The coronavirus outbreak couldn’t have come at a worse time for PT Garuda Indonesia, pummeling demand at the flag carrier just as it faces a debt bill for half a billion dollars, Bloomberg News reported. Debt market concern about sagging travel demand and the impact of financial market turmoil has caused Garuda’s $500 million notes due on June 3 to tumble to a record low of 55.3 cents on the dollar, according to Bloomberg-compiled prices. The securities have dropped 5.9 cents this week after sinking 36 cents last week.
State-owned steelmaker Krakatau Steel has received approval from its creditors to restructure its loans totaling US$2 billion (Rp 27 trillion) by, among other changes, rescheduling repayment to 2027 in order to be able to revive its business, The Jakarta Post reported. Krakatau Steel president director Silmy Karim said in Jakarta on Tuesday that the debt restructuring would cut interest payments to $466 million from $847 million and cut costs by around $685 until 2027.
Indonesian authorities are weighing the induction of a strategic investor into a unit of the nation’s oldest insurer that’s on the brink of collapse after alleged fund mismanagement left a $2 billion hole in its books, Bloomberg News reported. PT Asuransi Jiwasraya has submitted a restructuring proposal to the Financial Services Authority that includes the stake sale in unit PT Jiwasraya Putra and securing financial assistance from a planned holding company for state insurers, according to Riswinandi, commissioner for non-banking financial industry at the authority, known as OJK.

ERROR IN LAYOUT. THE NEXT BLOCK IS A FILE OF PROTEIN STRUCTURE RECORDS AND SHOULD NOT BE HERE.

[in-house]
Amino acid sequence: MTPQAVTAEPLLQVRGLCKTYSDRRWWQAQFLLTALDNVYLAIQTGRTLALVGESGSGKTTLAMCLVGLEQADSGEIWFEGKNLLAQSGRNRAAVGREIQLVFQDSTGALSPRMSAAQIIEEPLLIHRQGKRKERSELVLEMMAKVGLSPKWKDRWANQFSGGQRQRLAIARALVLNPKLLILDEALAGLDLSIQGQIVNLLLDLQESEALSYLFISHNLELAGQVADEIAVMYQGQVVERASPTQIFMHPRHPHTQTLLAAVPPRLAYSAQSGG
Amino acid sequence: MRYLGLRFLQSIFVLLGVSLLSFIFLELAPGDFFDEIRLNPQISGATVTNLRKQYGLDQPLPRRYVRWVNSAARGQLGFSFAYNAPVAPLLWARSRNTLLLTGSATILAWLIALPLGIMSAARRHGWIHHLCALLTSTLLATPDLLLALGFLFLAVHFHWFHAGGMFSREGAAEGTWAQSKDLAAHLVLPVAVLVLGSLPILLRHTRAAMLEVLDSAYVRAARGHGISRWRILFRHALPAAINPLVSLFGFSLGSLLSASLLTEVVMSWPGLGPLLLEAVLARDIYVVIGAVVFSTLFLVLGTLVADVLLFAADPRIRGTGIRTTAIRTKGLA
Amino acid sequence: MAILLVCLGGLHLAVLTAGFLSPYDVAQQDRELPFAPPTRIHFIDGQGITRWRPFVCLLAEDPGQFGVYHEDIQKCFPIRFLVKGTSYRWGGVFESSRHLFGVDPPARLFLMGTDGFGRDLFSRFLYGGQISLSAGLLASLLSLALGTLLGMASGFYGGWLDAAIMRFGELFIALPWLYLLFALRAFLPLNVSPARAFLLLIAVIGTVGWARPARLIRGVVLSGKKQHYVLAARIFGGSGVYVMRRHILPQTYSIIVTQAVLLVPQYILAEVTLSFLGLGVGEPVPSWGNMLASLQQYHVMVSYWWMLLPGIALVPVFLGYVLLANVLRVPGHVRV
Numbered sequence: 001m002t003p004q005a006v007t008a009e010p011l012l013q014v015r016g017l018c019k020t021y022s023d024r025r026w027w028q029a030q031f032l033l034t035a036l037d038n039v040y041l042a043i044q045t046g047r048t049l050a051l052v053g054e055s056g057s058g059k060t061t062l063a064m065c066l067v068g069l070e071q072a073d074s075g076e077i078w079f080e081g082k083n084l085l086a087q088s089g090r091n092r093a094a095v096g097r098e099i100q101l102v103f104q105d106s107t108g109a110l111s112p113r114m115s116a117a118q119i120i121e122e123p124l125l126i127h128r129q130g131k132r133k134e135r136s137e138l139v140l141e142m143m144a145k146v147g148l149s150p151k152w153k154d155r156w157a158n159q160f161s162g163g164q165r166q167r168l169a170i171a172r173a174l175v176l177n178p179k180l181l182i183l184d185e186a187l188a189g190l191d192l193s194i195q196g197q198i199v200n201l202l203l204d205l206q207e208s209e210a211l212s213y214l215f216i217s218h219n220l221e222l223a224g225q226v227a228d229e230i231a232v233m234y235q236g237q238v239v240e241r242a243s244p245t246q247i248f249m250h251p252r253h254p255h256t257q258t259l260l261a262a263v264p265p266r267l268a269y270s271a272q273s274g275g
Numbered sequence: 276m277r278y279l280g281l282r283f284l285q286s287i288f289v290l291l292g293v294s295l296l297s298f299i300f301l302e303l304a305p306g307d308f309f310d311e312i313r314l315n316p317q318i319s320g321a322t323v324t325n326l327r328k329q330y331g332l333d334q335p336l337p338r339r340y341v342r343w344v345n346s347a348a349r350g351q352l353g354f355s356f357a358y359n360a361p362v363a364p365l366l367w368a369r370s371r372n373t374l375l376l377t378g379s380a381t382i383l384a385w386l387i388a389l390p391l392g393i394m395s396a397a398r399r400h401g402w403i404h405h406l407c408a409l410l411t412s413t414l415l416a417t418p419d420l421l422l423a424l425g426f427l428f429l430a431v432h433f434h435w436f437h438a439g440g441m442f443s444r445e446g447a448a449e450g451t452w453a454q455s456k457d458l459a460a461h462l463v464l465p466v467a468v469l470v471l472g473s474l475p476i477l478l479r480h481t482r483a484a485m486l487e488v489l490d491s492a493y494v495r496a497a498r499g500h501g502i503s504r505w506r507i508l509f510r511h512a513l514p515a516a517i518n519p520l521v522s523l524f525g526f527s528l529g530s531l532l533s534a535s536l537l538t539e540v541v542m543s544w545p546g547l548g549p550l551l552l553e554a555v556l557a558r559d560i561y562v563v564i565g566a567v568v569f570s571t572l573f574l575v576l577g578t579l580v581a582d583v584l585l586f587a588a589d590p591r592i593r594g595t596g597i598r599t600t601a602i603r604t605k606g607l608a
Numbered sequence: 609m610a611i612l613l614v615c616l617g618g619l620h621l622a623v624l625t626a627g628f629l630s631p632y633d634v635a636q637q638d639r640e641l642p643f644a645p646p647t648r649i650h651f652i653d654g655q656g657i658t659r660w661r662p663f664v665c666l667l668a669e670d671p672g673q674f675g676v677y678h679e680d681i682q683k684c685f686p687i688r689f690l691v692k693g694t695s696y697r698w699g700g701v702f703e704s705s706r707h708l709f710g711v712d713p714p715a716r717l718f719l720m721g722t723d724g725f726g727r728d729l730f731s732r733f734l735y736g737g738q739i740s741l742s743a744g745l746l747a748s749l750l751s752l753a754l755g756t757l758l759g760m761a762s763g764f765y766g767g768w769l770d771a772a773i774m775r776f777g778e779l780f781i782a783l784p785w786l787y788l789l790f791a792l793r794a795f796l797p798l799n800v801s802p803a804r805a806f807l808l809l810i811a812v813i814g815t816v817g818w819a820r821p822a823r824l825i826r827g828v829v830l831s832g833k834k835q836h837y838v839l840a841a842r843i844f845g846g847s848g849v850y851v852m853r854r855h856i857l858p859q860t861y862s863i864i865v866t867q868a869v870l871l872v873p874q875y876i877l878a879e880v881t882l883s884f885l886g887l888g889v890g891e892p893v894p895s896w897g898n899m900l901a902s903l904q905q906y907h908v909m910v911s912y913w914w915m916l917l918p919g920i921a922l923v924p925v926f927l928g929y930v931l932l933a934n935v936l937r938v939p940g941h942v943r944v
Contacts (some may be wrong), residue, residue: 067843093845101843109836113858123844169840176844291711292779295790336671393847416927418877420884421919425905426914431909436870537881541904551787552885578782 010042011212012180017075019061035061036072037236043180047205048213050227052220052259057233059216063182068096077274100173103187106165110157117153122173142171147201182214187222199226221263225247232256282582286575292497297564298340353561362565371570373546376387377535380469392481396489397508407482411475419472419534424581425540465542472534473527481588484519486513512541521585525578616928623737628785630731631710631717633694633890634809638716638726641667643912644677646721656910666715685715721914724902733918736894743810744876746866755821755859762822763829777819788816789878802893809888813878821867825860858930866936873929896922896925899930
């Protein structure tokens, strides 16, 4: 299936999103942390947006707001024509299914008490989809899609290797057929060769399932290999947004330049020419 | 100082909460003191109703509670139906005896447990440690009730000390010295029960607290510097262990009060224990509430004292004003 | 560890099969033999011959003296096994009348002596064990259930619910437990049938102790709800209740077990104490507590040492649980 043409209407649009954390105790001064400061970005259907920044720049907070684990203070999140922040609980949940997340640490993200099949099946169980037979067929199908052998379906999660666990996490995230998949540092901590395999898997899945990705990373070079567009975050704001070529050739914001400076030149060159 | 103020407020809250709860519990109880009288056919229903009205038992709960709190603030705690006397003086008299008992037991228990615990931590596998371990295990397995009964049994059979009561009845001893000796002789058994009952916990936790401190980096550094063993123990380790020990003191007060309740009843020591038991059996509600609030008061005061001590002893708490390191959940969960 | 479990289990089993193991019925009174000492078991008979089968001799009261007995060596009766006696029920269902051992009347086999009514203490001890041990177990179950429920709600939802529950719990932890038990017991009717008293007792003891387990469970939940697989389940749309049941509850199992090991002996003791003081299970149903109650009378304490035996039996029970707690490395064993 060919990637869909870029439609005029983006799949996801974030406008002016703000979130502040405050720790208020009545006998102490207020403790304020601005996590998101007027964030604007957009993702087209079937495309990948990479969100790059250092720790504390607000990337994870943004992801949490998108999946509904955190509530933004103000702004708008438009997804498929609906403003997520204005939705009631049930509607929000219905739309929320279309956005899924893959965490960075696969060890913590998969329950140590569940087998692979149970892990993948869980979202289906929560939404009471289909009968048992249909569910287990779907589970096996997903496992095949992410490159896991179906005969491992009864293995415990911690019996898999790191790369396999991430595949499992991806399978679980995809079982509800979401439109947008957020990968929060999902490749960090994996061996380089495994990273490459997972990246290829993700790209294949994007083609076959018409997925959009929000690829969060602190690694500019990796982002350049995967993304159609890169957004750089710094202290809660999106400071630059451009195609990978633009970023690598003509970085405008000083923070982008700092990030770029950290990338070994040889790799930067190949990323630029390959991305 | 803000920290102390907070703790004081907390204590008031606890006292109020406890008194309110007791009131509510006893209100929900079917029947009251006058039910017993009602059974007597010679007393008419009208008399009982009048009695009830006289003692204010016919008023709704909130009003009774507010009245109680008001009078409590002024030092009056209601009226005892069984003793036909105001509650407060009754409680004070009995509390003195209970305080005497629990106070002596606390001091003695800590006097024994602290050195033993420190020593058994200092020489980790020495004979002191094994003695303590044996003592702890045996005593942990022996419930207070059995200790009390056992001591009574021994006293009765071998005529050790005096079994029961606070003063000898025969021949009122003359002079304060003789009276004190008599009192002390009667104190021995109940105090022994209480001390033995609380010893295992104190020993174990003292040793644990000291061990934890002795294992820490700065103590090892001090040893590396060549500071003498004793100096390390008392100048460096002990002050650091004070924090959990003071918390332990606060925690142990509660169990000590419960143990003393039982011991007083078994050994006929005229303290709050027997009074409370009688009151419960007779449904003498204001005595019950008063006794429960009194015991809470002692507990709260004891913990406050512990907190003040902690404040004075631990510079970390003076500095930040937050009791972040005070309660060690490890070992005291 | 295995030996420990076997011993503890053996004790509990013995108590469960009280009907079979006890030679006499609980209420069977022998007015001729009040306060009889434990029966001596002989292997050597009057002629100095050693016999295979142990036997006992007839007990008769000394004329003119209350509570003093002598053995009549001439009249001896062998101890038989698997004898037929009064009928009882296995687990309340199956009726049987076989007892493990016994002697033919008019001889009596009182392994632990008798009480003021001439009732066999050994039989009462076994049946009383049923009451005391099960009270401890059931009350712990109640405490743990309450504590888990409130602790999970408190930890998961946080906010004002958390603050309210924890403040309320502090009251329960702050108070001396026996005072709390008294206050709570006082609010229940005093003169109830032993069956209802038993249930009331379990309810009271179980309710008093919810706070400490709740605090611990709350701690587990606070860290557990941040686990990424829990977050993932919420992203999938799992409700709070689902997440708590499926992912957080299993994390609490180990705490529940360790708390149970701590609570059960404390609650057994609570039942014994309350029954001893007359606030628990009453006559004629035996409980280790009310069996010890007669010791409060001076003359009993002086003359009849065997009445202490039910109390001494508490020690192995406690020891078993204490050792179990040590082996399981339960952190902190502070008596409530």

The global collapse in coal prices this year has dealt a particularly heavy blow to miners in Indonesia, the top exporter and one of the largest producers of the fuel. Bonds from the country’s financially weak miners have suffered more than peers elsewhere in Asia due to a lack of diversification and state backing that many competitors enjoy, Bloomberg News reported. Prices of thermal coal -- the kind burned by power plants -- have slumped about 33% this year, and at least four U.S. firms have gone bankrupt.
Investors on a call in July with distressed Indonesia textile firm PT Delta Merlin Dunia Tekstil were confounded -- how could the company’s fortunes have turned so fast? They’re still searching for answers, in a case that’s revived concerns about a lack of transparency in corners of Asia’s credit markets, Bloomberg News reported. The saga has also highlighted risks of more scares ahead as the trade war and mounting geopolitical concerns reverse a rally in junk debt.
Questions have emerged over whether one of Indonesia’s wealthiest families has in effect dragged itself into court to prevent a foreign creditor from recovering a loan — a case experts say threatens the credibility of the country’s bankruptcy laws, the Financial Times reported. The case against a subsidiary of Lippo group, which is controlled by Indonesia’s Riady family, comes at a time when defaults are rising in the country. It is expected to spark concerns over powerful local conglomerates forcing out foreign creditors through bankruptcy proceedings.